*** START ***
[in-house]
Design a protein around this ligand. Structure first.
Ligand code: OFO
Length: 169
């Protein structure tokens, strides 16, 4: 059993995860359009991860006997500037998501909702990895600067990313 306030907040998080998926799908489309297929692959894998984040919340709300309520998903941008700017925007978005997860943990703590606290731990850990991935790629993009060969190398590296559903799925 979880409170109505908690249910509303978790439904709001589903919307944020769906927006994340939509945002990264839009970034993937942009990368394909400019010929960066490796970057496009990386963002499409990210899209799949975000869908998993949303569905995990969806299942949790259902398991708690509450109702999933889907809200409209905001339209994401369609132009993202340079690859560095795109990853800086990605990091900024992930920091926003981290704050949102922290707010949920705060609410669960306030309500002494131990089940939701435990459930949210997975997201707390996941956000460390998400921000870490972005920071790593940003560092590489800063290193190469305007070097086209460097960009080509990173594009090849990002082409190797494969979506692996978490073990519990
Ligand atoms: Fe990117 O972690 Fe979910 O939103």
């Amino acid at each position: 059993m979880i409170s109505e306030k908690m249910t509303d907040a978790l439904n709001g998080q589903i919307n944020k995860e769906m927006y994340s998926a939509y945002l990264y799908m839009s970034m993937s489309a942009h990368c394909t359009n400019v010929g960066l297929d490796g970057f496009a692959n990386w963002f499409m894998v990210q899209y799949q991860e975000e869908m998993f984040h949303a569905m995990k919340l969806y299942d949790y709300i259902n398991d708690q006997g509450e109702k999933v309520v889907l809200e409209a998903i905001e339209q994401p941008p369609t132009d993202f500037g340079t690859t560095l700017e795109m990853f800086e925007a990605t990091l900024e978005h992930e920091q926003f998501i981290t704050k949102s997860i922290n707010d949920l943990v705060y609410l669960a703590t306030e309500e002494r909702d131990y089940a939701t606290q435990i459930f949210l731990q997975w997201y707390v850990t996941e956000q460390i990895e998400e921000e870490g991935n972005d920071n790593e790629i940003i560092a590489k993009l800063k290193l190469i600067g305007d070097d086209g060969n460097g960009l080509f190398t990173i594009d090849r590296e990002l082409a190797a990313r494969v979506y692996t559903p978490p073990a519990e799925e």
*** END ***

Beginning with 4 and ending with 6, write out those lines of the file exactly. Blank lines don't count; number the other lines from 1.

Length: 169
């Protein structure tokens, strides 16, 4: 059993995860359009991860006997500037998501909702990895600067990313 306030907040998080998926799908489309297929692959894998984040919340709300309520998903941008700017925007978005997860943990703590606290731990850990991935790629993009060969190398590296559903799925 979880409170109505908690249910509303978790439904709001589903919307944020769906927006994340939509945002990264839009970034993937942009990368394909400019010929960066490796970057496009990386963002499409990210899209799949975000869908998993949303569905995990969806299942949790259902398991708690509450109702999933889907809200409209905001339209994401369609132009993202340079690859560095795109990853800086990605990091900024992930920091926003981290704050949102922290707010949920705060609410669960306030309500002494131990089940939701435990459930949210997975997201707390996941956000460390998400921000870490972005920071790593940003560092590489800063290193190469305007070097086209460097960009080509990173594009090849990002082409190797494969979506692996978490073990519990
Ligand atoms: Fe990117 O972690 Fe979910 O939103």